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PostPosted: Sat Jul 26, 2014 9:52 am 
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Joined: Sat Jul 26, 2014 9:31 am
Posts: 2
Location: In the hills near Lismore
My name is Matt, I have read rough this forum a zillion times over the years and have really appreciated all the wisdom Shared by the contributors.

I am a muso who has been into home recording for about 15 years. After stopping for about a decade whilst I had kids I am getting back into the swing.

So....I have a colourbond double garage that I am going to convert 3/4 into a music space. This is only going to be a hobby studio, I have plenty of friends with high quality studios very near. In saying that, I would still like to think that I can churn out decent demos and perhaps even use some of the recordings (especially sax) on projects I may take to the pro studios. I will be recording mostly rock and blues/pop, using mic'd instruments (no live drums).

I live on acreage, and to be honest I don't have a real worry about noise...the house is about 20 metres away from the shed and I have jammed with full band in the shed before. What I would like is:
A) to do a bit of insulating for heat/cold
B) partition off one section for recording, jamming with band or relaxing and listening to vinyl

My thought are to construct a wool insulated staggered stud frame and gyprock wall set up. Leave concrete slab and just cover (a bit of carpet in one section, a bit of vinyl in another).
I will also probably insulate and double gyprock sheet the roof, following the existing roofline, but add a whirlybird (which I can shut off if necessary).

A bit of noise reduction would be nice, but I don't need to be anal about it.

I started looking at the ways sound will leak from this set up, and the door seems the likely weak link, so I began investigating a double door/ air lock system...but then I wondered if that would be overkill for my needs?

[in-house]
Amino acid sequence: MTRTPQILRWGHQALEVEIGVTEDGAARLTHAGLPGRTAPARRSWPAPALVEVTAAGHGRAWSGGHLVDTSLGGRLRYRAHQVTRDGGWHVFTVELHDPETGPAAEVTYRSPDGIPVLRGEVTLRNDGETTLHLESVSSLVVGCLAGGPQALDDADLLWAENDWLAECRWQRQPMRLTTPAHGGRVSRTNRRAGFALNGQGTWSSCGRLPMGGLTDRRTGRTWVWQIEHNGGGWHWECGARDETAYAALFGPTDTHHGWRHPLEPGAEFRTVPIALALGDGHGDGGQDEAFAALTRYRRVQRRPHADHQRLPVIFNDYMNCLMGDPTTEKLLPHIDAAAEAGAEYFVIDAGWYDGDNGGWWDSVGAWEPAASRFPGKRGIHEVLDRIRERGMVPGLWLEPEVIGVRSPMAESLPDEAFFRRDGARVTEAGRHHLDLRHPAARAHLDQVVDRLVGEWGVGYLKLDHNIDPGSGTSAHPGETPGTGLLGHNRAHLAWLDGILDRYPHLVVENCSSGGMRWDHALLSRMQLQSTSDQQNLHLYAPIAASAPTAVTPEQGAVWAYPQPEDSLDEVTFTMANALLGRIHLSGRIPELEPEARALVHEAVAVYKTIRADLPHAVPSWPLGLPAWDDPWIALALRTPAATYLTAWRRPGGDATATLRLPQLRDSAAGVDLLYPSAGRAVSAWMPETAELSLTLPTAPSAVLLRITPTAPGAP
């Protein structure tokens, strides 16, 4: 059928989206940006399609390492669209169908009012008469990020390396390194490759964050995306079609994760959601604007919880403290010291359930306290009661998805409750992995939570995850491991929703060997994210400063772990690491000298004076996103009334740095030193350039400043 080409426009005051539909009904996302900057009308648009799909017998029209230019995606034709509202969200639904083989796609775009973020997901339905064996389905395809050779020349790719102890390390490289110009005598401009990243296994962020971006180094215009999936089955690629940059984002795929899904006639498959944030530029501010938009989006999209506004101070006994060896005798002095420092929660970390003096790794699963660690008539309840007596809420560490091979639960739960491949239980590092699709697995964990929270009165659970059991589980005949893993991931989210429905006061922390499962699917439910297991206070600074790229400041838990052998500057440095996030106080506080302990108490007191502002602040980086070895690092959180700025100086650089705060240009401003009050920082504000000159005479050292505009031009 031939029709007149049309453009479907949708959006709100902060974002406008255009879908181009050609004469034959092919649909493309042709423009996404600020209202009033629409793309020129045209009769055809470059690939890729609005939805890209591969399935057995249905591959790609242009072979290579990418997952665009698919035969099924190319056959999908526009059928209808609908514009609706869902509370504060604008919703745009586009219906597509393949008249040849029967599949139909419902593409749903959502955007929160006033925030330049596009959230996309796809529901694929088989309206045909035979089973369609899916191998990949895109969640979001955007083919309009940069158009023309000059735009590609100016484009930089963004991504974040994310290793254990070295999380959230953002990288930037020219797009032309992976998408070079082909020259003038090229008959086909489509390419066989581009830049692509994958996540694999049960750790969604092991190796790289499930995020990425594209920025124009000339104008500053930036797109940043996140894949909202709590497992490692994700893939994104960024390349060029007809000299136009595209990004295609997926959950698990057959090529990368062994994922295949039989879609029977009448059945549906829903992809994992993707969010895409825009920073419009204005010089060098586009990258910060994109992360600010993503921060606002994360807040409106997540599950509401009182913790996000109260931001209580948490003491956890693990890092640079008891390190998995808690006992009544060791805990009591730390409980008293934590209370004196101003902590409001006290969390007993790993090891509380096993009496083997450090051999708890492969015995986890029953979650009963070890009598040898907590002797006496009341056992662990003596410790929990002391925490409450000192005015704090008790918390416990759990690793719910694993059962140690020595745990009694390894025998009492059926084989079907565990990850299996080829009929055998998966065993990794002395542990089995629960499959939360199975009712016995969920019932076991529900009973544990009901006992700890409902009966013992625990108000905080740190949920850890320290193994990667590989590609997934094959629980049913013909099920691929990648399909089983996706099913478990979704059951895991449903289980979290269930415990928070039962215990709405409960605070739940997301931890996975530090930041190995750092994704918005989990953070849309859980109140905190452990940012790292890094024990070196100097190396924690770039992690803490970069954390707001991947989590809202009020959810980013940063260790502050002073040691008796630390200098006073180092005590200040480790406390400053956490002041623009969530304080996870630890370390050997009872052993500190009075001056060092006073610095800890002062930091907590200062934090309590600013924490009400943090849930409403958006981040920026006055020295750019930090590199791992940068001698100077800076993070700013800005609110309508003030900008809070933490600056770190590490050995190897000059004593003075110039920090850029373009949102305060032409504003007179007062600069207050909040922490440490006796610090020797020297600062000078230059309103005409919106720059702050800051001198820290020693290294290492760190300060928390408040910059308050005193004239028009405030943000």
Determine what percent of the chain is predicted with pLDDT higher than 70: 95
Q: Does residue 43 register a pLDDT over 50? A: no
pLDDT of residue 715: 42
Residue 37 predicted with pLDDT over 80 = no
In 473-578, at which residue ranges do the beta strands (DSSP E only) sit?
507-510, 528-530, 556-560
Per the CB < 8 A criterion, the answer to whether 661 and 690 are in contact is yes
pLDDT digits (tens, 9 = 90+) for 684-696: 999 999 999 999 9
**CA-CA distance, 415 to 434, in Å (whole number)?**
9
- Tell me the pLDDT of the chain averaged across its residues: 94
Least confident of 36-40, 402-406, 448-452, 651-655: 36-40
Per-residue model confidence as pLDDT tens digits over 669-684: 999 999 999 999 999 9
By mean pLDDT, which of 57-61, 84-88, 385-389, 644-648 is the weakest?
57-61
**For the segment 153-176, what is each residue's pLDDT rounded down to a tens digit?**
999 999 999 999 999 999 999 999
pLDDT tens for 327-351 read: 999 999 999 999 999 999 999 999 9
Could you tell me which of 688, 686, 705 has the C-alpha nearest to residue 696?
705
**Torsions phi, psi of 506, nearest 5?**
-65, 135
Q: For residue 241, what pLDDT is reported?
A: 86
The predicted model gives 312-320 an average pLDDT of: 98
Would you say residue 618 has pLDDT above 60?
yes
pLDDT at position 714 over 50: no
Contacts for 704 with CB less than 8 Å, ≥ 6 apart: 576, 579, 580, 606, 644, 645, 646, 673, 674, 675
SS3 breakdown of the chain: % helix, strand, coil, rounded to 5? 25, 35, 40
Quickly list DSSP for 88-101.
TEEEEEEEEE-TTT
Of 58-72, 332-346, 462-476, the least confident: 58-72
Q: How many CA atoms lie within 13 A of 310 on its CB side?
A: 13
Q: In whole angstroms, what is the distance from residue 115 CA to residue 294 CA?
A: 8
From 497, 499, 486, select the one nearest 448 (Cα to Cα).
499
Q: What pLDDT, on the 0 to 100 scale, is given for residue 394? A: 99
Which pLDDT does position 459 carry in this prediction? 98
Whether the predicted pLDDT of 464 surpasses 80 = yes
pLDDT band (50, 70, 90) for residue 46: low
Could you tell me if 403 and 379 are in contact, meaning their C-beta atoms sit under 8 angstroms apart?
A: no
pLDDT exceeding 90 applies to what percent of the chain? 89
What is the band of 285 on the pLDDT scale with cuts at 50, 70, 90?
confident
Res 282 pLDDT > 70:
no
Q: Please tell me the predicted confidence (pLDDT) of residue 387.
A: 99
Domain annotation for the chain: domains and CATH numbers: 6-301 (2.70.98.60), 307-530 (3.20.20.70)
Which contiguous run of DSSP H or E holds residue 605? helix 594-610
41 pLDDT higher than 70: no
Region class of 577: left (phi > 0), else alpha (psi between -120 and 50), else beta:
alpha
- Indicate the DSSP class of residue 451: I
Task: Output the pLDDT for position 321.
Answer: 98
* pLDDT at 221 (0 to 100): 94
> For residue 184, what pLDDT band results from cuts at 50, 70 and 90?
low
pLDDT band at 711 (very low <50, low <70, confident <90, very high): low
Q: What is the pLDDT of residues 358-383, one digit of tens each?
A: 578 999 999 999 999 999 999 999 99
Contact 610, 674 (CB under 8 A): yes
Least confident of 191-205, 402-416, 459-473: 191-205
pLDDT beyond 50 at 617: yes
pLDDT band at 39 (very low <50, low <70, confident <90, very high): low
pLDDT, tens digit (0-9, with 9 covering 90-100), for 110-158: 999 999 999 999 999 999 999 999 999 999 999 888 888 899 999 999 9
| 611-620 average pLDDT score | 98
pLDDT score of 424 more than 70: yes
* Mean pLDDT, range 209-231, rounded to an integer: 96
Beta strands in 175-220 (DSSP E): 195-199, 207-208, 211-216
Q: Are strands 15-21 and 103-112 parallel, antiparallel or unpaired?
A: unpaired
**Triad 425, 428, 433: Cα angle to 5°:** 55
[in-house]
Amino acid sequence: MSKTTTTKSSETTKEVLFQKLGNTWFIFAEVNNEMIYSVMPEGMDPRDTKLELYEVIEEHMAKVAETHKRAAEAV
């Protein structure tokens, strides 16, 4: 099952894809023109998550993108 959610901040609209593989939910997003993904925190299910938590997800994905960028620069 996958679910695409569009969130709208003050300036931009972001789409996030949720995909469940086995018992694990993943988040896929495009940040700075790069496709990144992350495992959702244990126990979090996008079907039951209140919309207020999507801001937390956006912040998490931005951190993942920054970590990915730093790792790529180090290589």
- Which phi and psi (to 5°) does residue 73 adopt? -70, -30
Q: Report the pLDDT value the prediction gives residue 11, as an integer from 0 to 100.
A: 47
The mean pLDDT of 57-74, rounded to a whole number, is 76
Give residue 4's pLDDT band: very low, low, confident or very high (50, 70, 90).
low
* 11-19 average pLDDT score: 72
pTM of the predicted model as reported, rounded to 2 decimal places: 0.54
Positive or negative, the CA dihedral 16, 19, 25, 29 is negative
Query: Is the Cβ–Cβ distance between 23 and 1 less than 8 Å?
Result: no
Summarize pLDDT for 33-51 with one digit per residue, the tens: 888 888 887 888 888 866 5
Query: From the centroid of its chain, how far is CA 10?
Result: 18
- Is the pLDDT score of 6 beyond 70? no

A) what do you think about my approach?
B) what would be the best way to address the door issue?
Thoughts/ suggestions greatly appreciated.
Matt
(Sorry for the long winded post)


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PostPosted: Wed Jul 30, 2014 9:13 am 
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Joined: Thu Aug 21, 2008 10:17 am
Posts: 7574
Location: Santiago, Chile
Hi Matt, and welcome to the forum! :)

Quote:
I live on acreage, and to be honest I don't have a real worry about noise...
... going out, but how about coming in? Things like thunder, rain, hail, wind, aircraft flying over, dogs barking and other animal noises, lawnmowers and similar, cars arriving/leaving, etc. There are numerous sounds that could trash your perfect "best ever" take...

Quote:
My thought are to construct a wool insulated staggered stud frame
Staggered stud is likely not necessary, since you will be building this inside an existing shell. The "existing shell" is your outer leaf, so you only need an inner leaf, which is normally just a single stud frame with drywall on only one side.

Quote:
but add a whirlybird (which I can shut off if necessary)
That's not a good plan for ventilation. To start with, it only takes care of "out-going", but since your studio will be sealed air-tight, there will be no place for air to come in! So you whirlybird will spin madly but do nothing useful. Second, that's basically just a large diameter pipe that passes through both of your isolation leaves, and therefore totally destroys your isolation! :shock: